Scheme uses the syntax #t and #f for Boolean true and false value, respectively. For example, the “less-than” function is named <. Its result is true if the first argument is less than the second (or, if there are more than two arguments, that they are in increasing order):

(< 3 4) ⇒ #t
(< -3 -4) ⇒ #f
(< 2 3 5 7 11)) ⇒ #t

The if special form takes two or three sub-expressions: It evaluates the first expression. If that is true it evaluates the second expression; otherwise it evaluates the third expression, if provided:

(if (< 3 4) (+ 5 5) (+ 5 6)) ⇒ 10

We call if a special form rather than a function, because for a function all the arguments are evaluated before the function is called, but in a special form that is not neceassarily the case.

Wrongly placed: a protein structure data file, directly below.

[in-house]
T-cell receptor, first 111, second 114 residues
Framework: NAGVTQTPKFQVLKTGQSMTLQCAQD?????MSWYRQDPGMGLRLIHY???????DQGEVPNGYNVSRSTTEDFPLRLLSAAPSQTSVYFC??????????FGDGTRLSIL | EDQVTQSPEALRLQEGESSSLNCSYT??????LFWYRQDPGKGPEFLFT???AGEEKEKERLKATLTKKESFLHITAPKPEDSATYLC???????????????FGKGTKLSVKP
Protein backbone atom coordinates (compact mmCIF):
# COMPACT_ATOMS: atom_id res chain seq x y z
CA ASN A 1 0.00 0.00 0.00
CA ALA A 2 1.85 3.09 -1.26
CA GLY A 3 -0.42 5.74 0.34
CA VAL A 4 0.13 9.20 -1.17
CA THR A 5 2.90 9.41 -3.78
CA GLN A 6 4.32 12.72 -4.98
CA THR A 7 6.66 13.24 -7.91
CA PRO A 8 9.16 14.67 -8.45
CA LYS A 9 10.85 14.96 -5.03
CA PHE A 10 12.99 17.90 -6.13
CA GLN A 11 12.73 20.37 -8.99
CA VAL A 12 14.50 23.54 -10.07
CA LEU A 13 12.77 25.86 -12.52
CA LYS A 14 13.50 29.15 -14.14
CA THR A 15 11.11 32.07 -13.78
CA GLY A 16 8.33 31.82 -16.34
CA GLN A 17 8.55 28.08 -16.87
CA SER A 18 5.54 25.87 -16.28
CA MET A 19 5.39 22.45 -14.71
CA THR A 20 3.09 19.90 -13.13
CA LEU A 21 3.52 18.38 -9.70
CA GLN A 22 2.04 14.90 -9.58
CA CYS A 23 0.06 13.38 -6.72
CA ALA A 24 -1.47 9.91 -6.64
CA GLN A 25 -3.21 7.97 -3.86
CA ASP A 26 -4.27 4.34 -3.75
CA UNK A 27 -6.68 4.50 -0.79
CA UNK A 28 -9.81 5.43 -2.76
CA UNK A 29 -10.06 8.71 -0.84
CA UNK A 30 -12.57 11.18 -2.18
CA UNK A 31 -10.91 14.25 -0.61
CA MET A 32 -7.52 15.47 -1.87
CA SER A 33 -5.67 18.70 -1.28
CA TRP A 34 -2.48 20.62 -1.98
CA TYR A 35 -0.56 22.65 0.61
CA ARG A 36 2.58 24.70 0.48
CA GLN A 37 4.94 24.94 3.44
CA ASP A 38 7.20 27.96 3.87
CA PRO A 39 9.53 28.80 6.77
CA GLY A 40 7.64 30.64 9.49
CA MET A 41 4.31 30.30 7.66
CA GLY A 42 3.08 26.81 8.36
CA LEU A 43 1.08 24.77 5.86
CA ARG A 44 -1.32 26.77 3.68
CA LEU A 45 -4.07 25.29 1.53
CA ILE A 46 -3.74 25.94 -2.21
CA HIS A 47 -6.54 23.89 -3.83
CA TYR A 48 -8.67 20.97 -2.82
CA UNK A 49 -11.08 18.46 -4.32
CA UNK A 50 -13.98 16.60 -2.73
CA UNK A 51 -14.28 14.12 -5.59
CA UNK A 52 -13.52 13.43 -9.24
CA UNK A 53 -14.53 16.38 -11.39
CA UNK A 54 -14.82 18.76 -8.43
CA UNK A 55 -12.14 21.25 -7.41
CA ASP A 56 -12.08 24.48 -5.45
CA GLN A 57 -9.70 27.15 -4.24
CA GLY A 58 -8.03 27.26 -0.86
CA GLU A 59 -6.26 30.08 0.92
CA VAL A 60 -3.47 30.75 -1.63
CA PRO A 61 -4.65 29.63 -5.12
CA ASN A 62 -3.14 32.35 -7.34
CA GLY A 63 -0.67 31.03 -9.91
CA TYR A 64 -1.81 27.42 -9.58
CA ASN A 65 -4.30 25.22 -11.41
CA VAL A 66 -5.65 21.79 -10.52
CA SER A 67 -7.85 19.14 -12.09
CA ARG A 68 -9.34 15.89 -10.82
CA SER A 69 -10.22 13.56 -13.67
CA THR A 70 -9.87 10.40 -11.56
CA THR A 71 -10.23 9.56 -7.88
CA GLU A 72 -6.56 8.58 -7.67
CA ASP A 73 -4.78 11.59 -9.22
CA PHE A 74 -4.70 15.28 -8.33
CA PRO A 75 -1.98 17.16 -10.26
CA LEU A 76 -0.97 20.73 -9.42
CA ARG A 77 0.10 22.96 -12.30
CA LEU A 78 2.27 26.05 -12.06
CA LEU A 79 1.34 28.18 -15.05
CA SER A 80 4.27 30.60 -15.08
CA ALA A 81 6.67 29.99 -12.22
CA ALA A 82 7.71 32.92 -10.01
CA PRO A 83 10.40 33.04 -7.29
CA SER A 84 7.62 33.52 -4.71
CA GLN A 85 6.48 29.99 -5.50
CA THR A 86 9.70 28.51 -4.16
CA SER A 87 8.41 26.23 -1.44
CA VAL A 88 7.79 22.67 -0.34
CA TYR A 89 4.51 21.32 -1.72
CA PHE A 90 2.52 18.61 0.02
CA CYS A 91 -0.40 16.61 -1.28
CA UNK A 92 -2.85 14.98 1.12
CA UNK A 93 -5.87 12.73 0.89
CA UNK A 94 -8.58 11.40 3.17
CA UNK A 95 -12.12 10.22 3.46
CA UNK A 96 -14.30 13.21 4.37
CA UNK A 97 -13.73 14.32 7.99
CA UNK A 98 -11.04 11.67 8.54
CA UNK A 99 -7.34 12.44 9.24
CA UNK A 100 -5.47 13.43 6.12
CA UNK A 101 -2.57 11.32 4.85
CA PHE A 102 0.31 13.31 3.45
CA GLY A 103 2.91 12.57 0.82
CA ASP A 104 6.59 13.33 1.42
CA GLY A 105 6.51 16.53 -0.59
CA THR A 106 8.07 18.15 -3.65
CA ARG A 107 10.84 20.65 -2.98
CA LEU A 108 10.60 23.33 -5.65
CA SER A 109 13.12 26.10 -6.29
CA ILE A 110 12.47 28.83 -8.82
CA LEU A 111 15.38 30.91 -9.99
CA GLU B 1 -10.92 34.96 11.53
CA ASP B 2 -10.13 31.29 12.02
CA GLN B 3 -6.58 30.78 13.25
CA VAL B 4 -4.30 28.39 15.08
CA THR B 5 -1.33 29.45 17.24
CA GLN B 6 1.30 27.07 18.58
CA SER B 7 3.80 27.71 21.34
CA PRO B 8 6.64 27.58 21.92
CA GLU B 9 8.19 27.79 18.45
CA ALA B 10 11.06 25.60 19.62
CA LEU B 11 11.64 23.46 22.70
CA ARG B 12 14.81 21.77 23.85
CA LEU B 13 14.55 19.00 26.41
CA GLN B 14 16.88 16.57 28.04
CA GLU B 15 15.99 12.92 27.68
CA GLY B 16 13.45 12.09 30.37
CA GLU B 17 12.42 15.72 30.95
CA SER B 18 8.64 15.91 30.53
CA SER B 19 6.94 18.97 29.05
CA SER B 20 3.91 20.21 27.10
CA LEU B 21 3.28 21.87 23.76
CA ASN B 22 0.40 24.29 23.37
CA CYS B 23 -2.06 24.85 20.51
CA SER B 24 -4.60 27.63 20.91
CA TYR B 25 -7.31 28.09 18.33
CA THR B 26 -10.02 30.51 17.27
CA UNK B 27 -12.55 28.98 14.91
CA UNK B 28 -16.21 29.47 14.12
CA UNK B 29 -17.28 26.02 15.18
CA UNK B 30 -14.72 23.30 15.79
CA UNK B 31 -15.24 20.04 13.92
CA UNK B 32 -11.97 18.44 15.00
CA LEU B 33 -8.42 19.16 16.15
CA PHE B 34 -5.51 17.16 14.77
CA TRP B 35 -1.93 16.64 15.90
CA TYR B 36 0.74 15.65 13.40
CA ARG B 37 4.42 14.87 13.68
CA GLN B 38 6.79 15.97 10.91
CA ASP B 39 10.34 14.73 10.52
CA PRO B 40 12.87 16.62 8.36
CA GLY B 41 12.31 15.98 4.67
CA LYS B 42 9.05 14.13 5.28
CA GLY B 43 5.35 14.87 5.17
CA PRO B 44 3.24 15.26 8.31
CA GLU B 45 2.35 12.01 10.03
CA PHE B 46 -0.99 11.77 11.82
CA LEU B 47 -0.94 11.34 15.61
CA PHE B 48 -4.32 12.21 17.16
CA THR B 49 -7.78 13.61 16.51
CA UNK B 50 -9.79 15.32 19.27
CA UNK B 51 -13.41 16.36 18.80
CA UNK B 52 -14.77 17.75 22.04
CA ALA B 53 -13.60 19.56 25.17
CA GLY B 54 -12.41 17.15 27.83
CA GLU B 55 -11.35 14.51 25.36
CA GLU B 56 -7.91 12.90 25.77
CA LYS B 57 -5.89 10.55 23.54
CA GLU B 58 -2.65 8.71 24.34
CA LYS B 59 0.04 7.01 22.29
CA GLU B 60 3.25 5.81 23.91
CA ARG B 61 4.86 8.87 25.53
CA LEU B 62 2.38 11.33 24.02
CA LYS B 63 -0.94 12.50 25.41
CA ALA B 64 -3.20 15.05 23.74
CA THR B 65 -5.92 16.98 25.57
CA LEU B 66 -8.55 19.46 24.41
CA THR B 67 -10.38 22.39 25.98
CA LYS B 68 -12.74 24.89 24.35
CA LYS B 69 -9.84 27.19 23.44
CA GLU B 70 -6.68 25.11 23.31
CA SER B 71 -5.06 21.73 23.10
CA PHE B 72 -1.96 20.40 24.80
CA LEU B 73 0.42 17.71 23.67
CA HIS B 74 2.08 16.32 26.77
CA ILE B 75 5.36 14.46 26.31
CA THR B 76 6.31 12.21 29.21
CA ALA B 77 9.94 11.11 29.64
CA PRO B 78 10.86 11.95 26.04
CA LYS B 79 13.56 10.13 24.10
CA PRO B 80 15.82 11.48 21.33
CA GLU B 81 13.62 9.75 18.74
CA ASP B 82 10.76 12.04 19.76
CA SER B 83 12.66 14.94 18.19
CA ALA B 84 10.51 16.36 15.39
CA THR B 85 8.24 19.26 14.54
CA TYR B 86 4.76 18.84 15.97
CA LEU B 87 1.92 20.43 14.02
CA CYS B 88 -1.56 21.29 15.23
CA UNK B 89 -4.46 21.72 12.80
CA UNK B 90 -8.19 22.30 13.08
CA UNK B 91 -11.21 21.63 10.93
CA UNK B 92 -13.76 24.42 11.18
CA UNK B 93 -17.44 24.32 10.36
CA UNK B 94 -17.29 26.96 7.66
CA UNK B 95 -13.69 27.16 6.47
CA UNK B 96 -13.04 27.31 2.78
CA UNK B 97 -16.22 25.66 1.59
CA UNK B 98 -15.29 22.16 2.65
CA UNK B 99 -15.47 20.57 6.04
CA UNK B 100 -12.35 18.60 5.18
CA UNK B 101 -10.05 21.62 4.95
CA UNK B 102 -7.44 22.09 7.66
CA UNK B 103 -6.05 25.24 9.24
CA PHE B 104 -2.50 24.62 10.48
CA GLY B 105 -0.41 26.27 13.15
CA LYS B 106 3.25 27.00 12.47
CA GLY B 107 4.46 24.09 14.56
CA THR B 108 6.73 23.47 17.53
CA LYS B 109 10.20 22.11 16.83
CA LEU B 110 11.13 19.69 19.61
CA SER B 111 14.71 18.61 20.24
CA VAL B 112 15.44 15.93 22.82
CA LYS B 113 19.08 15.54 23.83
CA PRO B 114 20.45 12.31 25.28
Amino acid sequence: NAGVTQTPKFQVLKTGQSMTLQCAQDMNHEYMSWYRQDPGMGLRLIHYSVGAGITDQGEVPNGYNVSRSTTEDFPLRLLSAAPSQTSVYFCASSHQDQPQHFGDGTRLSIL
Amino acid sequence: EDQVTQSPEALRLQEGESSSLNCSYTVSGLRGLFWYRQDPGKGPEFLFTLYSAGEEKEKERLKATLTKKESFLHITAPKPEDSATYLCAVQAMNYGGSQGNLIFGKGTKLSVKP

In addition to #t any value except #f (and the Kawa-specific #!null) counts as “true” when evaluating the first expression of an if. Unlike C or JavaScript both (zero) and "" (the empty string) are true:

(if 0 (+ 5 5) (+ 5 6)) ⇒ 10

You can use and, or, and not to create complex boolean expressions. Of these and and or are special forms that only evaluate as many of the sub-expressions as needed.

(if (not (and (>= i 0) (<= i 9)))
    (display "error"))

You can use the cond form as an alternative to if:

(cond ((< 3 3) 'greater)
      ((> 3 3) 'less)
      (else ’equal))       ⇒ equal

The null value (written as #!null in Kawa or null in Java) is also considered as false.